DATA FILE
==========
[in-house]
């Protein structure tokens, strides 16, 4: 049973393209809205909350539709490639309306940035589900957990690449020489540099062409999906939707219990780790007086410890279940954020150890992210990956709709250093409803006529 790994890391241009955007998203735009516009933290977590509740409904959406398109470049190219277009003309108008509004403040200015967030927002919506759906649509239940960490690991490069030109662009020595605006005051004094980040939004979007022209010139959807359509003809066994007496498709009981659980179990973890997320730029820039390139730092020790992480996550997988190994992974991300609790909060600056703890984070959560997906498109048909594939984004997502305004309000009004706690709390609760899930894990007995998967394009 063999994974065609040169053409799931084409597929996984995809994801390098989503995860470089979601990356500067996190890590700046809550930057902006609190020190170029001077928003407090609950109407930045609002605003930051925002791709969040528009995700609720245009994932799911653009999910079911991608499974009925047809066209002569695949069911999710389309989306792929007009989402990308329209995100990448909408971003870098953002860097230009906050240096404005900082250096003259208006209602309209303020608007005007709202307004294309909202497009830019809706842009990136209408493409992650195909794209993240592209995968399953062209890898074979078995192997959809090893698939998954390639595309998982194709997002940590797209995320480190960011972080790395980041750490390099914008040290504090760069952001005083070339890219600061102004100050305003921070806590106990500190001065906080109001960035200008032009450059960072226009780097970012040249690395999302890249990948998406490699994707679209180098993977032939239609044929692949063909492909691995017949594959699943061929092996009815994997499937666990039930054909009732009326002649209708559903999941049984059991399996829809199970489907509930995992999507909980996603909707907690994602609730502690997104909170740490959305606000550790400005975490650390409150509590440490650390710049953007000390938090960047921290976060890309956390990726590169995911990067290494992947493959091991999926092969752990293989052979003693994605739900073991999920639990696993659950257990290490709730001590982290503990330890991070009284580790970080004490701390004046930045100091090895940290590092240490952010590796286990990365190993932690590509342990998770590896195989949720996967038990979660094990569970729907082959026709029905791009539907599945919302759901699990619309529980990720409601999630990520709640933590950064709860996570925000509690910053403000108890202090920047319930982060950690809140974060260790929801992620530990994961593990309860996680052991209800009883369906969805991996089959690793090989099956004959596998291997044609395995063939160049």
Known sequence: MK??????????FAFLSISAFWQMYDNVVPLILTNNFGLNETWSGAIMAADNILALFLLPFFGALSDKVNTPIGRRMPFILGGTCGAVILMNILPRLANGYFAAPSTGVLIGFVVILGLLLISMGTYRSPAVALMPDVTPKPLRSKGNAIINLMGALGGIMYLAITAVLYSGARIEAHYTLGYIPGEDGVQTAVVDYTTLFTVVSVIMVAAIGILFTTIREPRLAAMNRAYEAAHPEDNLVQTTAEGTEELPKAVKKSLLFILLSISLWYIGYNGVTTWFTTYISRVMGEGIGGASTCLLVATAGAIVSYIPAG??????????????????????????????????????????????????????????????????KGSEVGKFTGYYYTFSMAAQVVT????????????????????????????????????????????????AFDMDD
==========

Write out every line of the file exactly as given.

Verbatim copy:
[in-house]
């Protein structure tokens, strides 16, 4: 049973393209809205909350539709490639309306940035589900957990690449020489540099062409999906939707219990780790007086410890279940954020150890992210990956709709250093409803006529 790994890391241009955007998203735009516009933290977590509740409904959406398109470049190219277009003309108008509004403040200015967030927002919506759906649509239940960490690991490069030109662009020595605006005051004094980040939004979007022209010139959807359509003809066994007496498709009981659980179990973890997320730029820039390139730092020790992480996550997988190994992974991300609790909060600056703890984070959560997906498109048909594939984004997502305004309000009004706690709390609760899930894990007995998967394009 063999994974065609040169053409799931084409597929996984995809994801390098989503995860470089979601990356500067996190890590700046809550930057902006609190020190170029001077928003407090609950109407930045609002605003930051925002791709969040528009995700609720245009994932799911653009999910079911991608499974009925047809066209002569695949069911999710389309989306792929007009989402990308329209995100990448909408971003870098953002860097230009906050240096404005900082250096003259208006209602309209303020608007005007709202307004294309909202497009830019809706842009990136209408493409992650195909794209993240592209995968399953062209890898074979078995192997959809090893698939998954390639595309998982194709997002940590797209995320480190960011972080790395980041750490390099914008040290504090760069952001005083070339890219600061102004100050305003921070806590106990500190001065906080109001960035200008032009450059960072226009780097970012040249690395999302890249990948998406490699994707679209180098993977032939239609044929692949063909492909691995017949594959699943061929092996009815994997499937666990039930054909009732009326002649209708559903999941049984059991399996829809199970489907509930995992999507909980996603909707907690994602609730502690997104909170740490959305606000550790400005975490650390409150509590440490650390710049953007000390938090960047921290976060890309956390990726590169995911990067290494992947493959091991999926092969752990293989052979003693994605739900073991999920639990696993659950257990290490709730001590982290503990330890991070009284580790970080004490701390004046930045100091090895940290590092240490952010590796286990990365190993932690590509342990998770590896195989949720996967038990979660094990569970729907082959026709029905791009539907599945919302759901699990619309529980990720409601999630990520709640933590950064709860996570925000509690910053403000108890202090920047319930982060950690809140974060260790929801992620530990994961593990309860996680052991209800009883369906969805991996089959690793090989099956004959596998291997044609395995063939160049």
Known sequence: MK??????????FAFLSISAFWQMYDNVVPLILTNNFGLNETWSGAIMAADNILALFLLPFFGALSDKVNTPIGRRMPFILGGTCGAVILMNILPRLANGYFAAPSTGVLIGFVVILGLLLISMGTYRSPAVALMPDVTPKPLRSKGNAIINLMGALGGIMYLAITAVLYSGARIEAHYTLGYIPGEDGVQTAVVDYTTLFTVVSVIMVAAIGILFTTIREPRLAAMNRAYEAAHPEDNLVQTTAEGTEELPKAVKKSLLFILLSISLWYIGYNGVTTWFTTYISRVMGEGIGGASTCLLVATAGAIVSYIPAG??????????????????????????????????????????????????????????????????KGSEVGKFTGYYYTFSMAAQVVT????????????????????????????????????????????????AFDMDD